The story picks up straight from the end of The Rhesus Chart - we get the last few scenes, from Mo’s point of view (yes, there’s additional information in that, quite a bit thereof), and we’re off. Charlie had me at the very beginning, when the Laundry begets Operation Incorrigibles (I take that as an unintended personal compliment…), and puts Mo in charge of the Transhuman Policy Coordination Unit (designed as the official response to the mass outbreak of Superpowers) as she blows her cover during a farcical operation on Trafalgar square (it involves a near-naked Boris on the 4th Plinth. Trigger warning, I guess.)
It is interesting that, whilst Boris is being named, the other politician featuring prominently seems to have a pseudonym (note that this was published in 2015…):

“Jessica Greene, the Home Secretary, Lady High Executioner, and pin-up girl for the hanging’s-too-good-for-them electoral demographic…”

“...under the weight of the Home Secretary’s unblinking medusoid stare. This is a woman who models herself on Margaret Thatcher, only without the warmth and compassion.”

“...she is actually smiling, although I’ve seen a warmer expression on a rattlesnake at the zoo.”

Otherwise we get a lot of facing off - we get Mo vs Ramona, the Femme Fatale and Secret Agent who is turning into a Deep One, from the James Bond pastiche The Jennifer Morgue. We get Mo vs Mhari, the Vampire Bitch (Mo’s term) from HR and Bob’s ex who left him with plenty of neuroses in regards to females. If there were any more sparks flying then the book would be smoldering…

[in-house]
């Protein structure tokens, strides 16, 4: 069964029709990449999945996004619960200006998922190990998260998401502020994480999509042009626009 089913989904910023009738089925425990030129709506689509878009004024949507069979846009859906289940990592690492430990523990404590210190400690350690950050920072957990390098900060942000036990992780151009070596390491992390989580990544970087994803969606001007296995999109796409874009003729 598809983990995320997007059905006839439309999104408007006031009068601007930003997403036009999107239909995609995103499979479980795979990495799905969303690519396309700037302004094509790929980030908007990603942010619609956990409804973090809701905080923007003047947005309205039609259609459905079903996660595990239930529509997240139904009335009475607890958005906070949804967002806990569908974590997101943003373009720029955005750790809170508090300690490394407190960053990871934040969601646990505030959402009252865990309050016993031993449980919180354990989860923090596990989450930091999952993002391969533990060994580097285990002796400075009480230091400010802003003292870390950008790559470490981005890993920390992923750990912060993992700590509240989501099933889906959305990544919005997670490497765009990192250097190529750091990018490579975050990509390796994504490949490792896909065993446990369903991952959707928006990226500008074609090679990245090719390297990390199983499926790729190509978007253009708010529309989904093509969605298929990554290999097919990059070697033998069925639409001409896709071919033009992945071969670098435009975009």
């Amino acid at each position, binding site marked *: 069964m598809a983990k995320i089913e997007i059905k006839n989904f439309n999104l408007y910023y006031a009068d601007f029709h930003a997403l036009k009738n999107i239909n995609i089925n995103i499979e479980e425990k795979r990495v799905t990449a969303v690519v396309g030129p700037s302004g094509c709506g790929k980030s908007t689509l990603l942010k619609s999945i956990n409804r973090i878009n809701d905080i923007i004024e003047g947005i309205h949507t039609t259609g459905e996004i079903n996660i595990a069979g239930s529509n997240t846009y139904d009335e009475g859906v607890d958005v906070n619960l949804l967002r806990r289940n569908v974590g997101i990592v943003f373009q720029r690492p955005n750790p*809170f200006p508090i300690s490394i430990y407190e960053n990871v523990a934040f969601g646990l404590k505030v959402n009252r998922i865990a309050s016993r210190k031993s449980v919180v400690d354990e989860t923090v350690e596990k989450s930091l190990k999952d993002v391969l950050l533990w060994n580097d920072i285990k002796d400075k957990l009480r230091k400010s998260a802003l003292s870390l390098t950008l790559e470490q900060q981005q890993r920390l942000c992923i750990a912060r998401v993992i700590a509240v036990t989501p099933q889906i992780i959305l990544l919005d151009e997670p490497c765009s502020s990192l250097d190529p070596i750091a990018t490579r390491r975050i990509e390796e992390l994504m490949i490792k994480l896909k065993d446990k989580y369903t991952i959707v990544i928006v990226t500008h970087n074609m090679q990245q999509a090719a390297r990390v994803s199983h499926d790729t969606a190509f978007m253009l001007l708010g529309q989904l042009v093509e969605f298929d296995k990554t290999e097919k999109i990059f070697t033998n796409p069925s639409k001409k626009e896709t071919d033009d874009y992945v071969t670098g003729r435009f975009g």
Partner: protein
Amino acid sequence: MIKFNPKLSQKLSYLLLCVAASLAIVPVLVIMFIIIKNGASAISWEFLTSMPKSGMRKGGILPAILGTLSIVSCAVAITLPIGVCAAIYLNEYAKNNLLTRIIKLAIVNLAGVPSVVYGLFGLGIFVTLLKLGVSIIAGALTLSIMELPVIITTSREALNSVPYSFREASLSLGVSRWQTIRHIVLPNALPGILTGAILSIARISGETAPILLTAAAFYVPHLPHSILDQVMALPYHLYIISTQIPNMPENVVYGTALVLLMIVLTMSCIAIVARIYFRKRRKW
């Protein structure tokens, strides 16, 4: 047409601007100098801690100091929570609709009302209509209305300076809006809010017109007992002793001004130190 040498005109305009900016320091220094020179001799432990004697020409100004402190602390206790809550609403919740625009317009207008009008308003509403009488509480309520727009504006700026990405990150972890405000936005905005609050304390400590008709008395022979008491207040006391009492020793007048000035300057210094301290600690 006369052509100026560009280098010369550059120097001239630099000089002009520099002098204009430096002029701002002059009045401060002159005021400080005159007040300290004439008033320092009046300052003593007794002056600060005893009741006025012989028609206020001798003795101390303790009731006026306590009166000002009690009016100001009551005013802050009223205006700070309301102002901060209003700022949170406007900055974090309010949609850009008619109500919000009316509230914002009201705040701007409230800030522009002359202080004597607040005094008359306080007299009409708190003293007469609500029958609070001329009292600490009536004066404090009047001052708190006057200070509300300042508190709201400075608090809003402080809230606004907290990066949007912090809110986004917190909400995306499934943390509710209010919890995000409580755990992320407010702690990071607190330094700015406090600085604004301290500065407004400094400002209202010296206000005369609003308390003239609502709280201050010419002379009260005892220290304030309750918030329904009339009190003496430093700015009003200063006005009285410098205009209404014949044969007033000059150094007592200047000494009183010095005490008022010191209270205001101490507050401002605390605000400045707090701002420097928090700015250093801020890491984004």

We still get the heavy foreshadowing we saw in earlier books, both at the beginning but also throughout the book. And I mean not just hinting, but giving away major plot points and outcomes, at least partially.
There are also a number of asterisks dotted around the text, and they are very much worth following up. Douglas Adams had his diversional humourous ellipses at the bottom of the page, Charlie sticks his at the back.

“...an oddly formal steam-powered dialect of air traffic control jargon…” (that's TfL operations)

In summary this is a classic action tale, with events always being ahead of the protagonists. There is never time to get organised, plan, or take a structural approach…   it can actually get quite wearing, and not only for the characters.
A book for Stross fans, or for Superhero afficionados (the book is littered with  like references and unexpected reversals of known positions, as you’d expect).


More Charles Stross

Title: The Annihilation Score
Series: Laundry Files
Series Number: 6
Author: Charles Stross
Reviewer: Markus
Reviewer URL: http://thierstein.net
Publisher: Ace Books
Publisher URL: http://www.penguin.com
Publication Date: July 2015
Review Date: 170108
ISBN:9780698195257
Pages: 392
Format: ePub
Topic: Superheroes
Topic: Bureaucracy

 

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Tricia Sullivan – Occupy Me

 

Peter Watts – Maelstrom

 

Somtow Sucharitkul - The Throne of Madness

 

S.P. Somtow – I Wake from a Dream of a Drowned Star City

 

Lavie Tidhar - Central Station

 

Thomas Pynchon – Gravity’s Rainbow

 

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Doris Lessing – The Sirian Experiments